The Archbishop asked all the parishes in Atlanta to play his Annual Appeal video at Masses this weekend instead of our clergy preaching.
Father John had already completed his homily for this weekend and wanted to share it with you.
The theme of our readings today
is outreach to the outcast.
In both the Book of Leviticus and in the Gospel of Mark
the leper represents those who fail to measure up
to society’s standard of beauty, education and class.
The lepers represents those who are set apart or cut off
because we consider them flawed.
In order to allow these readings to speak to us,
we must identify the lepers in our own lives.
We all have marginalized people, made lepers of them.
What person or what group have we treated this way?
Perhaps our modern day lepers
are those who are not physically attractive,
those with weight issues, the mentally ill,
the alcoholic, the unmarried pregnant teen,
the homosexual, the homeless person,
the black sheep of the family
who is perceived as a failure and an embarrassment,
the one person of a different ethnic background or religion.
The list goes on and on, (2)
and we are all guilty of rejecting others,
of cutting them off from our acceptance and our support.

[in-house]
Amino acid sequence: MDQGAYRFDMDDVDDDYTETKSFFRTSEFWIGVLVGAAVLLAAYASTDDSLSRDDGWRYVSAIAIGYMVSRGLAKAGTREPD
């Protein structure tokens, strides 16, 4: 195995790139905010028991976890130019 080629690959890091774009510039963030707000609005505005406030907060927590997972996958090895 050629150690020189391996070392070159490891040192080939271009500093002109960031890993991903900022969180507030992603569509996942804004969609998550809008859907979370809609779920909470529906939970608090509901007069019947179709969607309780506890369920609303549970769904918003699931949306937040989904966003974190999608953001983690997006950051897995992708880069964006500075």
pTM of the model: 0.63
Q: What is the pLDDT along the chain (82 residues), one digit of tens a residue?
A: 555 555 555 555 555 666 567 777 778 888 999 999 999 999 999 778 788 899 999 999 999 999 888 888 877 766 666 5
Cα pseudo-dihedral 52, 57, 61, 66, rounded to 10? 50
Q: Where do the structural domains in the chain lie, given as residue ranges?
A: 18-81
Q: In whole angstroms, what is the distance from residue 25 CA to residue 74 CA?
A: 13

Once we recognize who the outcasts are in our lives.
we are ready to hear the challenge of Jesus
to reach out to those people.
Jesus makes it clear that He has come to save the lepers of the world.
He healed ten lepers,
He ate at table with sinners and tax collectors, prostitutes.
In the Parable of the lost sheep Jesus tells us
that God’s mercy is like that of the shepherd
who left the 99 sheep in the wilderness
and went in search of one stray sheep.
The lost sheep, like the lepers
are a symbol of the one who is cut off from the community,
alone and without resources
until someone reaches out.
We are meant to imitate Jesus in this outreach.
Christians are to bring healing and acceptance
to those whom society has rejected.
Our standard for acceptance is not (3)
society’s criteria of beauty, wealth, status.
Our standard as Catholic Christians
is the concern of Jesus for the poor,
the needy and the marginalized.
It is not the outcasts and sinners who offend Jesus,
it’s those who consider themselves better than others
and find excuses to ignore the needy.
Jesus is offended by those of us who use our status and privlige
to belittle and ignore others.
When I am willing to acknowledge
my rejection of others who are not like me,
only then can I begin to understand
the meaning of Jesus’ words
that He came not to call the just but sinners.
Then I will be ready to reach out to others
with the same love and acceptance
that Jesus offers to me.